Updated: December 6, 2023
The Board of Land and Natural Resources unanimously approved a long-range management plan for conservation activities at Pu‘u Kukui Watershed Preserve for Fiscal Years 2024-2030.
As part of the Natural Area Partnership Program, the Hawai‘i Department of Land and Natural Resources will provide 2:1 matching funding totaling $2,080,000, with Maui Land & Pineapple Company contributing $1,040,000, toward efforts to protect one of the state’s largest privately-owned nature preserves.
Maui Land & Pineapple Company established the Pu‘u Kukui Watershed Preserve in 1988, committing to protect in perpetuity significant watershed, endangered species, and native ecosystem resources.
Pu‘u Kukui Watershed Preserve encompasses more than 8,600 acres stretching from Honokōhau Stream at an elevation of 480 feet to the summit of Pu‘u Kukui – the highest point on Mauna Kahālāwai (West Maui Mountains) at 5,788 feet.
In 1992, Maui Land & Pineapple Company became the state’s first private landowner to join the Natural Area Partnership Program. While Natural Area Partnership agreements are made in perpetuity, funding is authorized by the state Board of Land and Natural Resources on a six-year basis to allow for periodic public review.
“Pu‘u Kukui Watershed Preserve is a precious natural and culturally significant landscape that Maui Land & Pineapple Company is proud to have protected and conserved for more than 35 years,” said Race Randle, CEO, Maui Land & Pineapple Company in a news release announcement. “This important work with Living Pono Project, The Nature Conservancy Hawaiʻi and the Department of Land and Natural Resources ensures that the legacy of mauka land stewardship continues, providing ongoing access to quality water for future generations in West Maui.”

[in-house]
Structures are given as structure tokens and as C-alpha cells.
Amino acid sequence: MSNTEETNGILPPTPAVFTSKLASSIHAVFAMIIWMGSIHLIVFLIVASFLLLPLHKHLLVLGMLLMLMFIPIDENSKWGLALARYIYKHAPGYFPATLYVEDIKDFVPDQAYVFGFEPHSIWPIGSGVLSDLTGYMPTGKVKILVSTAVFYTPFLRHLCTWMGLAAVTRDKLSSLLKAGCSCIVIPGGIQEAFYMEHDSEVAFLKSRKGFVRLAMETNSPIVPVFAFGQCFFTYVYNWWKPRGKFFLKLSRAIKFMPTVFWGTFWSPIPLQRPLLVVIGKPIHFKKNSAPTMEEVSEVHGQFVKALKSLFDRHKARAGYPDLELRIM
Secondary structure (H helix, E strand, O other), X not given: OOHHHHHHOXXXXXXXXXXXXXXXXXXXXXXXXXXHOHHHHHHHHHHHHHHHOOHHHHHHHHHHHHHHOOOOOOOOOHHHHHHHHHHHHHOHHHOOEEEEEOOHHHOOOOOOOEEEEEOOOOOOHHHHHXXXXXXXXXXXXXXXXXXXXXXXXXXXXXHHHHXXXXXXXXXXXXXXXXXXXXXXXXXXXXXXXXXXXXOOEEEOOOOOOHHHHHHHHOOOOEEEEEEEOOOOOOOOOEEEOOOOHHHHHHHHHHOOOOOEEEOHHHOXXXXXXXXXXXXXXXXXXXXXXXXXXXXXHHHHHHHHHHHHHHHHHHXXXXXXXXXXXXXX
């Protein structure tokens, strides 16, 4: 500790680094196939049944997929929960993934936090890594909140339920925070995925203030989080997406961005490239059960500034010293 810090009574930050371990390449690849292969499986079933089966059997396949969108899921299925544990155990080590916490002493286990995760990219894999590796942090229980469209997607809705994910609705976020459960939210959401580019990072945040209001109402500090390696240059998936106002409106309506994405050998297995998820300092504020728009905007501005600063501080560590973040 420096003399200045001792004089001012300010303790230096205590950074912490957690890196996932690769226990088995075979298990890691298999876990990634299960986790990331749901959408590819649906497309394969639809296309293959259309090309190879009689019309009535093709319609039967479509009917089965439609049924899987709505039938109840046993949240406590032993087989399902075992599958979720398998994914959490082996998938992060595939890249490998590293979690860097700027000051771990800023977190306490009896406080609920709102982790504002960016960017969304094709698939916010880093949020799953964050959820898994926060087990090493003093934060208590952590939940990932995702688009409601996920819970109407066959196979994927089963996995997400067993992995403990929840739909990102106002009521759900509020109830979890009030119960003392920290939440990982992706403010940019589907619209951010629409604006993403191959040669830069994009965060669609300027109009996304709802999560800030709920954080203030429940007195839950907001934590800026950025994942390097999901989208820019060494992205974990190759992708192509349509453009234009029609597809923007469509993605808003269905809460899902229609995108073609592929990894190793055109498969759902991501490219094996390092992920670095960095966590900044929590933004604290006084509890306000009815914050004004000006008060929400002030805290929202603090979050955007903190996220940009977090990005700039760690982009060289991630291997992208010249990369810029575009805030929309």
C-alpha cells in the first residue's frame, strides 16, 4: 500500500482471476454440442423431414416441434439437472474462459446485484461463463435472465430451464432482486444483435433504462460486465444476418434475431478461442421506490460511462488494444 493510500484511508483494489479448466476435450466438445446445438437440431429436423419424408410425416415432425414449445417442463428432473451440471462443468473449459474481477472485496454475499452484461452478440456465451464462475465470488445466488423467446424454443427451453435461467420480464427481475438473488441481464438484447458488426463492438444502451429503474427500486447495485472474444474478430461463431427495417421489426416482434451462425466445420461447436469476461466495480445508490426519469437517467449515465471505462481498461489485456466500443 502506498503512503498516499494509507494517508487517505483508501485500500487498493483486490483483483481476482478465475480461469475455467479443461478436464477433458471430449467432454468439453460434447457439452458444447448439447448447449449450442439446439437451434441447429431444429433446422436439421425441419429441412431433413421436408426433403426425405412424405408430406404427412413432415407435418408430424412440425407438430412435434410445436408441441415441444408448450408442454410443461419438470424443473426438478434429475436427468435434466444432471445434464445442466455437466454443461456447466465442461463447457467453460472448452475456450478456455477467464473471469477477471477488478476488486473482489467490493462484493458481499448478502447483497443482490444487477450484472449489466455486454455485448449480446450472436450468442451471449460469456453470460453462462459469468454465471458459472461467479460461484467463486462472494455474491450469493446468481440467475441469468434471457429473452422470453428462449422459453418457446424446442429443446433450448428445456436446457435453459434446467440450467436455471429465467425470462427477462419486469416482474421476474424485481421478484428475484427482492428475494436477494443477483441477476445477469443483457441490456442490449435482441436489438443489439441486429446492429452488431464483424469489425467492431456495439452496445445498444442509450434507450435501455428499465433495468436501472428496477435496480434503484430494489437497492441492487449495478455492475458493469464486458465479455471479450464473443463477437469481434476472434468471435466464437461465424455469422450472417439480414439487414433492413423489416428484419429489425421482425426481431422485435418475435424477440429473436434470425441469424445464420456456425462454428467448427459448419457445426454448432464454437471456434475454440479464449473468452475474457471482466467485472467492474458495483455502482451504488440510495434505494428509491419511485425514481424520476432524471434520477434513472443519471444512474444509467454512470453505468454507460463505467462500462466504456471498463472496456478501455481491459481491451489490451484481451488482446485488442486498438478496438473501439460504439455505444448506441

Pu‘u Kukui Watershed Preserve primarily consists of native-dominated rain forests, shrub lands, and bogs, including at least 36 species of rare plants and eight endangered species. Pu‘u Kukui Watershed Preserve also provides habitat for nine rare native tree and freshwater snails, three native forest birds – the ‘Apapane, ‘Amakihi, and ‘I‘iwi, endangered and threatened birds like the ‘Ua‘u (Hawaiian petrel) and Nene, endangered yellow-faced bees, and Hawai‘i’s only endemic land mammal, the endangered ʻŌpeʻapeʻa (Hawaiian Hoary Bat).
“Many of Hawaii’s most valuable watersheds and rarest plants and animals are found on private land. Partnerships with landowners, such as Maui Land & Pineapple Co, and non-profit land managers like Living Pono are the only way we can ensure these lands are protected,” said Emma Yuen, Natural Resources Management Program Specialist, Department of Land and Natural Resources Division of Forestry and Wildlife. “We greatly appreciate their significant contributions to conserve one of the most pristine places in Hawai‘i.”
As part of ongoing conservation efforts, Maui Land & Pineapple Company and its nonprofit partners, Living Pono Project and The Nature Conservancy Hawaiʻi, continuously complete campaigns to remove invasive plants and propagate native species, and have installed 35 strategically located fences to help prevent the entry of pigs, goats and deer into Pu‘u Kukui Watershed Preserve. These efforts contribute toward preventing erosion into nearshore waters, protecting fisheries and water supplies, and conserving native Hawaiian plants and wildlife.
A critical public benefit provided by Pu‘u Kukui Watershed Preserve is recharging the aquifer responsible for supplying a significant amount of the fresh water used by West Maui residents and businesses. Native vegetation and forest cover protect fragile mountain soils from erosion, and act like an immense sponge that absorbs heavy rains. Water is gradually released into streams and groundwater aquifers, rather than running off the surface in torrents to the sea.
In addition to stewarding Pu‘u Kukui Watershed Preserve, Maui Land & Pineapple is a founding member of the West Maui Mountains Watershed Partnership.